The leading medical journal The Lancet on Friday accused major aid organisations of corporate preening and self-interest that had contributed to bedlam in the effort to help Haiti.
"International organisations, national governments and non-governmental organisations are rightly mobilising, but also jostling for position, each claiming that they are doing the best for earthquake survivors," it said in an editorial.
"Some agencies even claim that they are 'spearheading' the relief effort. In fact, as we only too clearly see, the situation in Haiti is chaotic, devastating, and anything but coordinated."
The Lancet did not name names and gave credit to "exceptional work in difficult circumstances" by aid workers.
But, the British journal said, "the aid sector (is) undoubtedly an industry in its own right" and, unpalatable as it might seem, scrutiny of motives and performance was justified.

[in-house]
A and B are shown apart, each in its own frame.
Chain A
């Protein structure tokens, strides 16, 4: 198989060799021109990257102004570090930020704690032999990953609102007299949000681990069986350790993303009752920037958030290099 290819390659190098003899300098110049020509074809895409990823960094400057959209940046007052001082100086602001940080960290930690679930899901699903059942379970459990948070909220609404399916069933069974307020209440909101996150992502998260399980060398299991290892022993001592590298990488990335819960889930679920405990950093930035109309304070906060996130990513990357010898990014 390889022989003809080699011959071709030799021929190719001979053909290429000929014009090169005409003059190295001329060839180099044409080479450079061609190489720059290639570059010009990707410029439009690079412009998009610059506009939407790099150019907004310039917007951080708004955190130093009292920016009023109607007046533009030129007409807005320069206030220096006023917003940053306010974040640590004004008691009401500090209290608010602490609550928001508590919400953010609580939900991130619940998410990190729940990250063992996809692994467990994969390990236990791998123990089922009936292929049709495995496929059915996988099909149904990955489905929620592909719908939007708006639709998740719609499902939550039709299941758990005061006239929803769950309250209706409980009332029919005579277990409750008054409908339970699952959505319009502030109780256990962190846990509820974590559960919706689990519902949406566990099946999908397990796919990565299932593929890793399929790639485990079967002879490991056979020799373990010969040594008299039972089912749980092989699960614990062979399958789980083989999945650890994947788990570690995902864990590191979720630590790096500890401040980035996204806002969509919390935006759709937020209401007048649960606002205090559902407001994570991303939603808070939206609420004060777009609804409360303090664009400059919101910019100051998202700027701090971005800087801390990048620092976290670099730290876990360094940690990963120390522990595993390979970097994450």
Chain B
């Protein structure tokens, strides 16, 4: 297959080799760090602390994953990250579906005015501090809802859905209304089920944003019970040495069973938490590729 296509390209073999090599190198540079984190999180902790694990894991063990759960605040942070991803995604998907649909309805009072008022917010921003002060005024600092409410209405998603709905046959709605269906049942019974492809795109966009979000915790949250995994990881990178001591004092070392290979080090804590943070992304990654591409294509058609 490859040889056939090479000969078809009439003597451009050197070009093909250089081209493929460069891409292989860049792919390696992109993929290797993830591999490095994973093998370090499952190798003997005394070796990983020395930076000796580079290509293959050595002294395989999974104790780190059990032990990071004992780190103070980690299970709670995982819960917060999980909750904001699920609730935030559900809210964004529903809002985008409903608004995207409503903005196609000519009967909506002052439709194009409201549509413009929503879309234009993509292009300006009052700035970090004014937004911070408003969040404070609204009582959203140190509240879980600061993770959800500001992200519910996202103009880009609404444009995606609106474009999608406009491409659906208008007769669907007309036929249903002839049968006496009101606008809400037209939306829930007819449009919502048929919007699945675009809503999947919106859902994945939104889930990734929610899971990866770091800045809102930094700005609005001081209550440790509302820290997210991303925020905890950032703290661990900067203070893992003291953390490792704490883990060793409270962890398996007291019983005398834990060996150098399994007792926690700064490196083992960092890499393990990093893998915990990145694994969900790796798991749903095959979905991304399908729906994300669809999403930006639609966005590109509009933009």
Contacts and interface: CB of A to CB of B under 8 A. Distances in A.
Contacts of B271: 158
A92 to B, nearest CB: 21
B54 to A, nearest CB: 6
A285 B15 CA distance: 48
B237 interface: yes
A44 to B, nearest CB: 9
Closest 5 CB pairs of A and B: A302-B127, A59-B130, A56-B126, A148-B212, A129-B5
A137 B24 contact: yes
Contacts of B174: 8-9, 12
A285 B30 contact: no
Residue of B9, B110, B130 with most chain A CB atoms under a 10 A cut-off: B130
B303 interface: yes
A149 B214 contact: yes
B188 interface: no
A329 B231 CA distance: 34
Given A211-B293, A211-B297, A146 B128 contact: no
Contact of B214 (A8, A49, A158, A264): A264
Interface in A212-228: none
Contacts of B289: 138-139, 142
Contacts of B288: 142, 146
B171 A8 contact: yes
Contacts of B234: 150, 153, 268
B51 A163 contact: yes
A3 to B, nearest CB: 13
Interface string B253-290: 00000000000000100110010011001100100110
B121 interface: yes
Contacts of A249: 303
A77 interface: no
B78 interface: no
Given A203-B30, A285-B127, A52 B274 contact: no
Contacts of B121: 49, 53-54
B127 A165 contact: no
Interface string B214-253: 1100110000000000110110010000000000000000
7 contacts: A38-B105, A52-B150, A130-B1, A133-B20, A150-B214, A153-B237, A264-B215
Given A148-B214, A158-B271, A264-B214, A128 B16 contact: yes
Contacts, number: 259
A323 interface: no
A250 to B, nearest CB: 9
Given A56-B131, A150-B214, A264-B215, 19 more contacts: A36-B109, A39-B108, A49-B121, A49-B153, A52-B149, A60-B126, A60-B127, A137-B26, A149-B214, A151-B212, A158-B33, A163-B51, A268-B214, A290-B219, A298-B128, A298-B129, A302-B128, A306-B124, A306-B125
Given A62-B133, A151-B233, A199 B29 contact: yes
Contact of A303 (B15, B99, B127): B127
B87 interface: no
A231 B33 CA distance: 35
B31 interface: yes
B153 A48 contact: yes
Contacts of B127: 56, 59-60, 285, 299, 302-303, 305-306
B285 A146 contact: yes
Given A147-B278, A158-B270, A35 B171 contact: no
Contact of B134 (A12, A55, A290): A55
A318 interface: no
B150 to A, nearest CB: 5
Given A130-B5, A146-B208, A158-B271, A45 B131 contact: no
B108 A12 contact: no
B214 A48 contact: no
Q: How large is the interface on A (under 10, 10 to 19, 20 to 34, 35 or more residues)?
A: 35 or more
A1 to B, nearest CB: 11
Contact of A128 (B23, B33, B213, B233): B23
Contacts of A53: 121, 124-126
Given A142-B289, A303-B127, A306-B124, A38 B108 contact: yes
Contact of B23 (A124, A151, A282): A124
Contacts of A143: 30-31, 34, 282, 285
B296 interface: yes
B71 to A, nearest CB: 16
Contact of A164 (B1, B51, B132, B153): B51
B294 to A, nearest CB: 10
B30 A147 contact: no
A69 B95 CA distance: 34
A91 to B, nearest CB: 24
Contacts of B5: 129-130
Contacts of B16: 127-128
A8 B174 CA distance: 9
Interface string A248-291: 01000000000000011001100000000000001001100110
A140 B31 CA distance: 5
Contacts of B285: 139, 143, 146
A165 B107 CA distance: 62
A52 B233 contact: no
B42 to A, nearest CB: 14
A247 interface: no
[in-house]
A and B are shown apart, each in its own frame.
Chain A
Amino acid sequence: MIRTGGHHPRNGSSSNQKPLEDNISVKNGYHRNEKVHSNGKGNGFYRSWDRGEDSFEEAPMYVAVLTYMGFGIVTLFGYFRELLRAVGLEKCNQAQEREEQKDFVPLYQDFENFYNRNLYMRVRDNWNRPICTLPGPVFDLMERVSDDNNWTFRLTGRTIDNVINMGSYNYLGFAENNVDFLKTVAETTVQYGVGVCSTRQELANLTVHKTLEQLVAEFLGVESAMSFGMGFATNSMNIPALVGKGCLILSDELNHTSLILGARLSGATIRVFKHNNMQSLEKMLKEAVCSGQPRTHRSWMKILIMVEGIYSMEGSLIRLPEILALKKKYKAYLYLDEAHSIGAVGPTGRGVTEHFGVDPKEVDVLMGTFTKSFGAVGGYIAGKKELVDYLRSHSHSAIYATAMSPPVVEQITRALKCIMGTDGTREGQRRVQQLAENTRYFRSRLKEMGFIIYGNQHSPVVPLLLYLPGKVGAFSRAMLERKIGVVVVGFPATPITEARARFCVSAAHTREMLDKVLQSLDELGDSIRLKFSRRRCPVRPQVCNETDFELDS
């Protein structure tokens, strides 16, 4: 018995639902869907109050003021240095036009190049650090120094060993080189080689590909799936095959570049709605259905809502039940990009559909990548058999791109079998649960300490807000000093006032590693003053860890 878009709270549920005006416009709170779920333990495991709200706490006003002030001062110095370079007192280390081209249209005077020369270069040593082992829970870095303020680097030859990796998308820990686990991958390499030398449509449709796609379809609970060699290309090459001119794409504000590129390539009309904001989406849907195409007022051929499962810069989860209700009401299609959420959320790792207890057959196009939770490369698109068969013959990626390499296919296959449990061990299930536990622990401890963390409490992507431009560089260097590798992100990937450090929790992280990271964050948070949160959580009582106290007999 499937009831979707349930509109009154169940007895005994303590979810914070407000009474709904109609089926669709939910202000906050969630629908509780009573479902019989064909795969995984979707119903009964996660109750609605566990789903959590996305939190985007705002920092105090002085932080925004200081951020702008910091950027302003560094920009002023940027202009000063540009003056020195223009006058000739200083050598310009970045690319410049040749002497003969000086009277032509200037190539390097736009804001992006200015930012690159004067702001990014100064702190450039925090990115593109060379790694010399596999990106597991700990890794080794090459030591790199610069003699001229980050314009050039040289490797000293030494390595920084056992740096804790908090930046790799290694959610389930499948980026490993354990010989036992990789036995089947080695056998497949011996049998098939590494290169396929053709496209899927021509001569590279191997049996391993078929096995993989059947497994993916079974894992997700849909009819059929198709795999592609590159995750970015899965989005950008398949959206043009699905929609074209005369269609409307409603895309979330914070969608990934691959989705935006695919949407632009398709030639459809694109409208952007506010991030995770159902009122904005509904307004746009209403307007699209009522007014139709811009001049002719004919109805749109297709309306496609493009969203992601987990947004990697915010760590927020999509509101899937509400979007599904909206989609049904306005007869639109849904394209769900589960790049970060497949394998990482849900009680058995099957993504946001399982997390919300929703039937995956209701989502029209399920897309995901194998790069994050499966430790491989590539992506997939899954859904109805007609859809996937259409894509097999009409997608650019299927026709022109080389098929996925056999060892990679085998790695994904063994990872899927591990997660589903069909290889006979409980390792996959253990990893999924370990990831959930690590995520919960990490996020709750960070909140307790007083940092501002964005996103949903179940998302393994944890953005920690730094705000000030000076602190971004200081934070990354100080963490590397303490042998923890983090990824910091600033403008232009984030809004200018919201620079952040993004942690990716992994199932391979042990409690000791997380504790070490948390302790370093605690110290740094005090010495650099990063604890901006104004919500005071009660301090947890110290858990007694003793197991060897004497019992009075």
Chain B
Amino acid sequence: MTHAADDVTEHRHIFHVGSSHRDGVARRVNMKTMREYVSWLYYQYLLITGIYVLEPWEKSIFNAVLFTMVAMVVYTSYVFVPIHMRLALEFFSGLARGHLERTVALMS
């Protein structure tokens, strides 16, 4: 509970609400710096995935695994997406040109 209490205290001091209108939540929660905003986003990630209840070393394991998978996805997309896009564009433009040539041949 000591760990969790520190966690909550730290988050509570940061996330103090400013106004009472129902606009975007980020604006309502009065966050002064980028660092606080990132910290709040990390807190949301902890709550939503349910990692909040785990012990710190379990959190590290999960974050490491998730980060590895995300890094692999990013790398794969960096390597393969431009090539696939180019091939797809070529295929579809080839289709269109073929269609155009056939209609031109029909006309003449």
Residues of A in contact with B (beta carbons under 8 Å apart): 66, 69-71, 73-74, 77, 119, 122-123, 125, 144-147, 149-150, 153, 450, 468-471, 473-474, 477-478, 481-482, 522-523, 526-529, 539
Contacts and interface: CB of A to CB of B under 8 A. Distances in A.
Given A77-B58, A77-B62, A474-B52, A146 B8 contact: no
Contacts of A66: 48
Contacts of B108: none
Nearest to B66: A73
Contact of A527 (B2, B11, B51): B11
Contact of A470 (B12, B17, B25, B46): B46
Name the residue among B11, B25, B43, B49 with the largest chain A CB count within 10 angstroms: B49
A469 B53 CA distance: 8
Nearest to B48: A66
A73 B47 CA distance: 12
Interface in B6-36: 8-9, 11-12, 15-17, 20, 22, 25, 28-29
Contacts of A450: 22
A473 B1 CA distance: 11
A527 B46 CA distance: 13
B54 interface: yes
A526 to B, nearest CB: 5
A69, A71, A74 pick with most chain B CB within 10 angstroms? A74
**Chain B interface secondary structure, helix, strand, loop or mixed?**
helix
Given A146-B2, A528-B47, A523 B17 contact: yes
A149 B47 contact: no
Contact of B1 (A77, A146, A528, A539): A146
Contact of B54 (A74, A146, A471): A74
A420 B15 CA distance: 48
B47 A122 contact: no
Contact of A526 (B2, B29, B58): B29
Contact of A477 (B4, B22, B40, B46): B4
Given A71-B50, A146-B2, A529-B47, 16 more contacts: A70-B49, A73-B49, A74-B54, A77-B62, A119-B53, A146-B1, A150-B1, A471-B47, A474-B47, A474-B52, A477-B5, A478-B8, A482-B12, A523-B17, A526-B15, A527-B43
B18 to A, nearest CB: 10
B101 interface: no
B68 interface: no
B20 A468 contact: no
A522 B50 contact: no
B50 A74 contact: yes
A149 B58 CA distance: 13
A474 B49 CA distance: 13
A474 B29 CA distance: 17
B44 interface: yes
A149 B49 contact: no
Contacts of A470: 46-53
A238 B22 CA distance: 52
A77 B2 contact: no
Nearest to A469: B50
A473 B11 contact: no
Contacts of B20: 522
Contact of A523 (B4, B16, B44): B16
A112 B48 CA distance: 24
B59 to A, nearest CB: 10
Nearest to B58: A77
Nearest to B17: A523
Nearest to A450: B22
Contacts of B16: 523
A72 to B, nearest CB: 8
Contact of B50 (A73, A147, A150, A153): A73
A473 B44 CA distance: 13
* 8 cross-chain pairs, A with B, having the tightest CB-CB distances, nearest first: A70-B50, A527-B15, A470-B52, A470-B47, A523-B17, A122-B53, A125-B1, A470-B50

"Large aid agencies and humanitarian organisations are often highly competitive with each other," The Lancet said.
"Polluted by the internal power politics and unsavoury characteristics seen in many big corporations, large aid agencies can be obsessed with raising money through their own appeal efforts.
"Media coverage as an end in itself is too often an aim of their activities. Marketing and branding have too high a profile.
"Perhaps worse of all, relief efforts in the field are sometimes competitive with little collaboration between agencies, including smaller, grass-roots charities that may have better networks in affected countries and so are well placed to immediately implement disaster relief."